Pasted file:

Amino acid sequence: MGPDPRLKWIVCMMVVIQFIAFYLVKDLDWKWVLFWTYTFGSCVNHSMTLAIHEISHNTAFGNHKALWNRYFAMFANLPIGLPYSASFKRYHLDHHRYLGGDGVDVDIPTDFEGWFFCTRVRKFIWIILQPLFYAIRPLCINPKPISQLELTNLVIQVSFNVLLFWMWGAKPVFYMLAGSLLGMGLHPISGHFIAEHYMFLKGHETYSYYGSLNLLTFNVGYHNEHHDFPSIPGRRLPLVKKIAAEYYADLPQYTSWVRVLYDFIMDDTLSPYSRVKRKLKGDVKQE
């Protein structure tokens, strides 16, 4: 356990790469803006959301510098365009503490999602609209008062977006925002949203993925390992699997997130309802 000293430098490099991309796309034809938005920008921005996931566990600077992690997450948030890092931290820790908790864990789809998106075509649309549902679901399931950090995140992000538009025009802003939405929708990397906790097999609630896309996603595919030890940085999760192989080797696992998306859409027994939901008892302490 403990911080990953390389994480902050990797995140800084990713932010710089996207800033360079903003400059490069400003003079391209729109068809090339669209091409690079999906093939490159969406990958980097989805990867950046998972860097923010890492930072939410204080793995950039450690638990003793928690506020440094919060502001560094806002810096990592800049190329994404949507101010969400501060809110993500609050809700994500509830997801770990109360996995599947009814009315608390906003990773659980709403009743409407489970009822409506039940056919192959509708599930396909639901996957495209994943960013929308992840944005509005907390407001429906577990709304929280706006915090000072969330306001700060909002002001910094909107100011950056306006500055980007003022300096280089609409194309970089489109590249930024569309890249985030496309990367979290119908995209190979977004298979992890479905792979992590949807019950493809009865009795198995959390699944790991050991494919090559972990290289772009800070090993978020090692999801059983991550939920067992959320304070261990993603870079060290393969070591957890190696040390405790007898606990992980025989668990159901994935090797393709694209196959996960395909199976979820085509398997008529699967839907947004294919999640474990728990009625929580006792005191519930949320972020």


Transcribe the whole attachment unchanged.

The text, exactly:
Amino acid sequence: MGPDPRLKWIVCMMVVIQFIAFYLVKDLDWKWVLFWTYTFGSCVNHSMTLAIHEISHNTAFGNHKALWNRYFAMFANLPIGLPYSASFKRYHLDHHRYLGGDGVDVDIPTDFEGWFFCTRVRKFIWIILQPLFYAIRPLCINPKPISQLELTNLVIQVSFNVLLFWMWGAKPVFYMLAGSLLGMGLHPISGHFIAEHYMFLKGHETYSYYGSLNLLTFNVGYHNEHHDFPSIPGRRLPLVKKIAAEYYADLPQYTSWVRVLYDFIMDDTLSPYSRVKRKLKGDVKQE
């Protein structure tokens, strides 16, 4: 356990790469803006959301510098365009503490999602609209008062977006925002949203993925390992699997997130309802 000293430098490099991309796309034809938005920008921005996931566990600077992690997450948030890092931290820790908790864990789809998106075509649309549902679901399931950090995140992000538009025009802003939405929708990397906790097999609630896309996603595919030890940085999760192989080797696992998306859409027994939901008892302490 403990911080990953390389994480902050990797995140800084990713932010710089996207800033360079903003400059490069400003003079391209729109068809090339669209091409690079999906093939490159969406990958980097989805990867950046998972860097923010890492930072939410204080793995950039450690638990003793928690506020440094919060502001560094806002810096990592800049190329994404949507101010969400501060809110993500609050809700994500509830997801770990109360996995599947009814009315608390906003990773659980709403009743409407489970009822409506039940056919192959509708599930396909639901996957495209994943960013929308992840944005509005907390407001429906577990709304929280706006915090000072969330306001700060909002002001910094909107100011950056306006500055980007003022300096280089609409194309970089489109590249930024569309890249985030496309990367979290119908995209190979977004298979992890479905792979992590949807019950493809009865009795198995959390699944790991050991494919090559972990290289772009800070090993978020090692999801059983991550939920067992959320304070261990993603870079060290393969070591957890190696040390405790007898606990992980025989668990159901994935090797393709694209196959996960395909199976979820085509398997008529699967839907947004294919999640474990728990009625929580006792005191519930949320972020």